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Banning of pregnant girls in school: ECOWAS Court to hear case on March 4

January 26, 2019

By Yusufu S. Bangura

A group of Civil Society Organisations, including Child Welfare Society (CWS), Women Against Violence and Exploitation Society (WAVES), Equality Now and IHRDA,  has informed the media that the ECOWAS Community Court of Justice would on March 4, 2019,hears a case they had file against the government of Sierra Leone for banning pregnant girls from attending school .

“We wish to inform you that on the 4th of March 2019, the ECOWAS Court of Justice will finally be hearing the case filed by the above child-focused organisations against the government of Sierra Leone. The case will be heard in Abuja-Nigeria,” the release reads.

The civil society group had filed a case at the Economic Community of West African States (ECOWAS) Court of Justice, challenging government’s decision to ban pregnant girls from attending schools.

According to the release, in April 2015, the government of Sierra Leone, through the Ministry of Education, Science and Technology, imposed a ban on visibly pregnant girls attending mainstream schools and writing their examinations, just before schools re-opened, following the Ebola outbreak. Since then, this ban has been an official government policy.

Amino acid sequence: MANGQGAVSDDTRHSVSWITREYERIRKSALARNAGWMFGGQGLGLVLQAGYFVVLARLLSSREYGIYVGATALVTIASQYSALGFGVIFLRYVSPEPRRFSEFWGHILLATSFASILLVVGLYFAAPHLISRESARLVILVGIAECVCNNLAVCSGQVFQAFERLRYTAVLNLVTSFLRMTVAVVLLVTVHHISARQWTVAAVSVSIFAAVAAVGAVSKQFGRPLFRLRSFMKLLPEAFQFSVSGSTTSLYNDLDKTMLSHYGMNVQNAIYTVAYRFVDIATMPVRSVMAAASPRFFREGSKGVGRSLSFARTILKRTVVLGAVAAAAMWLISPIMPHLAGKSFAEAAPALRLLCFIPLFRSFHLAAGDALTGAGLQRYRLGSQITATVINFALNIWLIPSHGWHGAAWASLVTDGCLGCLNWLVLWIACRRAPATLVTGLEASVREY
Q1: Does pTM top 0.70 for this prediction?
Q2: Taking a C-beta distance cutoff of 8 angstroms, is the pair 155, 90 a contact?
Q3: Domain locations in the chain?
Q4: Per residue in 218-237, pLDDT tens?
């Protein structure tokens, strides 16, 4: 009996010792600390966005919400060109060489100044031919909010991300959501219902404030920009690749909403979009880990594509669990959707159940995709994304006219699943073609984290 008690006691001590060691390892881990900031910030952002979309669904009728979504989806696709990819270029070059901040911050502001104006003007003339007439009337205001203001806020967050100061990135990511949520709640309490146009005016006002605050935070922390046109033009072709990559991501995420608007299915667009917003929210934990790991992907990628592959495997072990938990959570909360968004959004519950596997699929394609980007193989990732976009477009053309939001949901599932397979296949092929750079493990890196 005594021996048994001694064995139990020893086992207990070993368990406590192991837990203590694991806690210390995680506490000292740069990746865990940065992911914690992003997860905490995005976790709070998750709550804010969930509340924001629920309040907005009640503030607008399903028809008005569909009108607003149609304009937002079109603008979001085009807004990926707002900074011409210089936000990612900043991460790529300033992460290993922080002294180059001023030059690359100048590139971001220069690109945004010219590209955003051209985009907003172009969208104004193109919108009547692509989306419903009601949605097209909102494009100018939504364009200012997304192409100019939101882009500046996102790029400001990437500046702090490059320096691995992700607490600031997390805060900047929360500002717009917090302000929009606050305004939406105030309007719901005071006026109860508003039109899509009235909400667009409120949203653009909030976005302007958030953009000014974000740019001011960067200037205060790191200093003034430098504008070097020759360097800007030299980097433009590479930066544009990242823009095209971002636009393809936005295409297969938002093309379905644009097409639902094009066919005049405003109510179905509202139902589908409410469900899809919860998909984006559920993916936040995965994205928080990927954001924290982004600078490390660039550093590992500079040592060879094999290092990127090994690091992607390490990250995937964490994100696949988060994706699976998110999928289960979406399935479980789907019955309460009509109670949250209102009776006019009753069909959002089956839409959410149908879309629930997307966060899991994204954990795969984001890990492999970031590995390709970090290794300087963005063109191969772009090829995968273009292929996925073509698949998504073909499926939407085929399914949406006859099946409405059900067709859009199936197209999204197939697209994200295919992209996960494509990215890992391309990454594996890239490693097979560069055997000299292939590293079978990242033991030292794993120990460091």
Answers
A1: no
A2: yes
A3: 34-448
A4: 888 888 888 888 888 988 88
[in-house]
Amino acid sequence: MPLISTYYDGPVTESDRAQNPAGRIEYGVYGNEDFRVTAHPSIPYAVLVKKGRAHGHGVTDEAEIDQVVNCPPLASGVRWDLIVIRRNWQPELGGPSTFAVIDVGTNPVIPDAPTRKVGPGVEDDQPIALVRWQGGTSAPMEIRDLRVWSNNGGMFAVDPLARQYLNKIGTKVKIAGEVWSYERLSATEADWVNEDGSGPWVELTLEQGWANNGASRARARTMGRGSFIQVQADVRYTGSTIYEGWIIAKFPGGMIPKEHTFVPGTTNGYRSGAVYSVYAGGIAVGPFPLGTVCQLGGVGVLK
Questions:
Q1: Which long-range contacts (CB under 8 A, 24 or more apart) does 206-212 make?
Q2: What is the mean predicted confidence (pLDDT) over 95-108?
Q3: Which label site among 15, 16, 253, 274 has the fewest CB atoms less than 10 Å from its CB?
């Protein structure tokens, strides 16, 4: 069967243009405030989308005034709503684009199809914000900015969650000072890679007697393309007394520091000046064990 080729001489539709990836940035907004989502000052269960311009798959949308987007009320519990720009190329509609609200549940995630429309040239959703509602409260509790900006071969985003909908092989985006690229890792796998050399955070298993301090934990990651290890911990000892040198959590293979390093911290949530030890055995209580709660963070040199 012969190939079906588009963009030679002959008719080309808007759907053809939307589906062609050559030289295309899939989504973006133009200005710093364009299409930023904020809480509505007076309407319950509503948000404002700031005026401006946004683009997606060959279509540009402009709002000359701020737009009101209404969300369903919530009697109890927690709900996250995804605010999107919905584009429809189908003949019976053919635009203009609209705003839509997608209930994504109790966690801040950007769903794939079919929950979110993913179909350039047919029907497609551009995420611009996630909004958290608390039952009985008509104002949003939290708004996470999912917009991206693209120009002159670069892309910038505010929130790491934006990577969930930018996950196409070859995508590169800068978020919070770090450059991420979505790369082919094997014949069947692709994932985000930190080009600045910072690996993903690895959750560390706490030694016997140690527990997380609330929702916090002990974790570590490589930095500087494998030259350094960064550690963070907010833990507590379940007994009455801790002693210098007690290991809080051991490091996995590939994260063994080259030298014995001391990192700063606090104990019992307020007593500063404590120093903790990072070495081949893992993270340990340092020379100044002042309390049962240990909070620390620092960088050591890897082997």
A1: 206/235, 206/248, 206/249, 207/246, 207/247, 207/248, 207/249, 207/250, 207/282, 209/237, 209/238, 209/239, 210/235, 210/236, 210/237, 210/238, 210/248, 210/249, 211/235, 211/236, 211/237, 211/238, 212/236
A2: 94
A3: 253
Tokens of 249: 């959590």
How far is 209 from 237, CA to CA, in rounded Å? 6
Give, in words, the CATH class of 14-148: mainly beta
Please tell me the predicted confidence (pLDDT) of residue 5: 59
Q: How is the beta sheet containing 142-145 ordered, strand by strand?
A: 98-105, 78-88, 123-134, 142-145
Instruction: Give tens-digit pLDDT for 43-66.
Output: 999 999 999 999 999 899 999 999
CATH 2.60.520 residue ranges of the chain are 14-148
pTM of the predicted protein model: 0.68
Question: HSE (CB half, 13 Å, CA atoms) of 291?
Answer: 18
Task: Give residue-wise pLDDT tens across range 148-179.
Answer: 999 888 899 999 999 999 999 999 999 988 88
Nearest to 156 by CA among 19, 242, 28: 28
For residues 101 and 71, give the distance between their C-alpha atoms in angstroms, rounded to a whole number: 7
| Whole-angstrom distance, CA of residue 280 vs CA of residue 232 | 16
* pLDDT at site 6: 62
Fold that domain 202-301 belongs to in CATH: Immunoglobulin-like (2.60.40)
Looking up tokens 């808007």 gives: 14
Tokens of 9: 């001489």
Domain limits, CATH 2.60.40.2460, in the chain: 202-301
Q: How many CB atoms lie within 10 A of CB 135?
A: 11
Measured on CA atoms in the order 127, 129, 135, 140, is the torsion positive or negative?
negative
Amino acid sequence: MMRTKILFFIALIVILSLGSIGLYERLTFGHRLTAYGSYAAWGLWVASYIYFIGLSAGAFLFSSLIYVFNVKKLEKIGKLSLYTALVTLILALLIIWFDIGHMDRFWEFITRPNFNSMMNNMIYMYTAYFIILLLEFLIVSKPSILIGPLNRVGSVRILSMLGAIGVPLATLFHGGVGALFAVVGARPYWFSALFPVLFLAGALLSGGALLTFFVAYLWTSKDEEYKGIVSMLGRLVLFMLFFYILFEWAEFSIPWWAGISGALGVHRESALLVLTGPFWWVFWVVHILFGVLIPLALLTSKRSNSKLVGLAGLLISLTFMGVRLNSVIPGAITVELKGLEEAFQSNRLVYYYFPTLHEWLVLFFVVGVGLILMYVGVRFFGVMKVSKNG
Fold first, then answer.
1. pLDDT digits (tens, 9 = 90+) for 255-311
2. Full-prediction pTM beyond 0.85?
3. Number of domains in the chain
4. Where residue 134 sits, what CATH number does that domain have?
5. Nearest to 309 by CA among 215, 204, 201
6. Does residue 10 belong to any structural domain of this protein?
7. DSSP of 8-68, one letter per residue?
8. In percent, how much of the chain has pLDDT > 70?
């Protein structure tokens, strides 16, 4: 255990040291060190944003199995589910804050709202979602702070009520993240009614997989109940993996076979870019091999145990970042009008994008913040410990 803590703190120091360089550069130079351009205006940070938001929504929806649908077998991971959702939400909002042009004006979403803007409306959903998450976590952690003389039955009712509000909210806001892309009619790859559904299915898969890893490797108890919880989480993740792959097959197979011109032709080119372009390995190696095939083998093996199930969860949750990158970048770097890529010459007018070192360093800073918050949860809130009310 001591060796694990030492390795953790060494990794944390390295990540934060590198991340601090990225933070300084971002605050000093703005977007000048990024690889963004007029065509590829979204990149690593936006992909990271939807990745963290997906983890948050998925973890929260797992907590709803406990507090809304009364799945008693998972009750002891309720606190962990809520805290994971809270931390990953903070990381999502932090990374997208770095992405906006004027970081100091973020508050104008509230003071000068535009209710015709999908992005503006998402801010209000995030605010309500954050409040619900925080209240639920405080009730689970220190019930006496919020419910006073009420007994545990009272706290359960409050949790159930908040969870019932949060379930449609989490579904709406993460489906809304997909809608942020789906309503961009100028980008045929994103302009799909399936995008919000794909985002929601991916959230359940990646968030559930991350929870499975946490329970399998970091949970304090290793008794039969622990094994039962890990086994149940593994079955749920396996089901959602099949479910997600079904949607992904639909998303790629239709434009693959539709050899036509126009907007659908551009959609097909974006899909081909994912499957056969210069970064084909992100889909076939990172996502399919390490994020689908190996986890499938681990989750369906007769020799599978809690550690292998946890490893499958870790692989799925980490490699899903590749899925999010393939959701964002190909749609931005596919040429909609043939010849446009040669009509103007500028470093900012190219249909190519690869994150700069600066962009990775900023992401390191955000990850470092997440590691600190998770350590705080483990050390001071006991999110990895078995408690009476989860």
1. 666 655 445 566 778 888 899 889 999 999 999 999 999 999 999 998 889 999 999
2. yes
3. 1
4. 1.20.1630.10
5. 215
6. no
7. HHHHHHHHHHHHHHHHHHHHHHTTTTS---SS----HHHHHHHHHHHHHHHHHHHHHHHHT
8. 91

The organisations, which have been championing the rights of adolescent girls, said in their statement that they remained concerned by the high rates of sexual violence in the county and the impact it has on women and girls.

The CSOs expressed delight at President Julius Bio’s recent declaration of rape and sexual violence as a national emergency, thus noting that they were looking forward to a time when all women and girls would be free from sexual violence.

The release notes that the CSOs were also anticipating that someday none of the women would be left out from meaningful social and economic development in Sierra Leone, given that they form more than half of the population.

The joint statement says the vast majority of the pregnant school girls were victims of sexual violence; with a total of 8,505 rape cases as at 2018.

“There is therefore urgent need for justice for our girls, and we are looking forward to them finally having their day in court. We are finally looking forward to our girls not being left behind by their own country,” the statement said.

Meanwhile, Executive Director, Moses Mambu, thanked President Bio for putting the issues of women and girls in the forefront since he came into office in April 2018.

He said they and their partners were of the conviction that a set of women and girls have been left out in all development agenda, especially education.

He said after the government banned the pregnant pupils from school in 2015, they promised to create a platform for them to write their exams, but such has never been a dream come true.

He said they were of the belief that pregnancy is not a communicable disease and that girls must have the opportunity to attend school even in their pregnancy status.